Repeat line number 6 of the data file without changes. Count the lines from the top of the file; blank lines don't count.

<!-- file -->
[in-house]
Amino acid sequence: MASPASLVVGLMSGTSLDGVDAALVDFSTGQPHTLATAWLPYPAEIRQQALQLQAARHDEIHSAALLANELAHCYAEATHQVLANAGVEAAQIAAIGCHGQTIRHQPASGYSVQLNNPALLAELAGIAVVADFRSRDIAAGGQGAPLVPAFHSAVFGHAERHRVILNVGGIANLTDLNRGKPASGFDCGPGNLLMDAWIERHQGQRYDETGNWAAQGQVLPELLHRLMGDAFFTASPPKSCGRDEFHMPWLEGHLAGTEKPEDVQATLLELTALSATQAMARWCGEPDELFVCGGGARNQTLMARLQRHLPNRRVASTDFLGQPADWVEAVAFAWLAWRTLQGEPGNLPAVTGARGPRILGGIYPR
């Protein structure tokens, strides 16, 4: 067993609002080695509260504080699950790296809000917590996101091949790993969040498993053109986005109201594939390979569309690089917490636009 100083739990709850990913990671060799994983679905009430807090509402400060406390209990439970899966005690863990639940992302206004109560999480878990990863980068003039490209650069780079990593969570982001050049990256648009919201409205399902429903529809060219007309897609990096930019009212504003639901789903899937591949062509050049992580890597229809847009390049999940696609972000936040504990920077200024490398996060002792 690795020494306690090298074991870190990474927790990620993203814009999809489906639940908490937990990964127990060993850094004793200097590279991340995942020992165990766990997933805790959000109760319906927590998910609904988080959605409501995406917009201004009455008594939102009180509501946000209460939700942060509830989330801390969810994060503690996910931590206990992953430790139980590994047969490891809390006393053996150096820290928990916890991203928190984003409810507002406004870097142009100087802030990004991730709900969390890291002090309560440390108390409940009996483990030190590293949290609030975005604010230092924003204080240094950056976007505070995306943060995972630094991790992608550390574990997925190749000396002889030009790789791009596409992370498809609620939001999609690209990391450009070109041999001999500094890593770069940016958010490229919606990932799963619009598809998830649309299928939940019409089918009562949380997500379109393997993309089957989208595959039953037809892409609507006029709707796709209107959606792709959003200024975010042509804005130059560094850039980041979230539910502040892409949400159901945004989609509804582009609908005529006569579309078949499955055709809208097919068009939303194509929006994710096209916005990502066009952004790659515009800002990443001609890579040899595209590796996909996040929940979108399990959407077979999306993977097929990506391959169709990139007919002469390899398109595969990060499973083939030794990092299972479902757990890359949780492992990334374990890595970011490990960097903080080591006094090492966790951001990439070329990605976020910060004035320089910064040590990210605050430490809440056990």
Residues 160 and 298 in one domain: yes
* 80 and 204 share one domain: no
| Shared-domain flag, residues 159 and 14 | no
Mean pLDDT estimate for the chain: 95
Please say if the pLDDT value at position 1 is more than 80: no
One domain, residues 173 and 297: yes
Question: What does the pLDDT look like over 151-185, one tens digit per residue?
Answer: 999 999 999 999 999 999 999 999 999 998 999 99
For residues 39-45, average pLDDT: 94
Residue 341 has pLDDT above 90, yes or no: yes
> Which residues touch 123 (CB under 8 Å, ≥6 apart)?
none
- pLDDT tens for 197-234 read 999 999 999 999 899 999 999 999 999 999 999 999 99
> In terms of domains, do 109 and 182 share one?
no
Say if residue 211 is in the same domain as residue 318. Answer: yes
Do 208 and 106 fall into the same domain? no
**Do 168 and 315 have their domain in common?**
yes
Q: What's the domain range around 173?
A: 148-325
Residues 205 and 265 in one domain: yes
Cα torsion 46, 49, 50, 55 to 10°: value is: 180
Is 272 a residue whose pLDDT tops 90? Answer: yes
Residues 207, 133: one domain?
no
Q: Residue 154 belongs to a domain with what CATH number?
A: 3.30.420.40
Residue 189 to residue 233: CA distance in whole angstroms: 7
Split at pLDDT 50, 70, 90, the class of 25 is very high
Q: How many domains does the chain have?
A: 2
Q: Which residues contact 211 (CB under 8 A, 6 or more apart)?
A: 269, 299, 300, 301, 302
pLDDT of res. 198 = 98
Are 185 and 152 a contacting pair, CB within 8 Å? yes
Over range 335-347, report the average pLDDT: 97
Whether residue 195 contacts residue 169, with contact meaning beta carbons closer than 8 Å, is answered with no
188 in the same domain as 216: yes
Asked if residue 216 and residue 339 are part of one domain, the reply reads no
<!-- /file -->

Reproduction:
| Shared-domain flag, residues 159 and 14 | no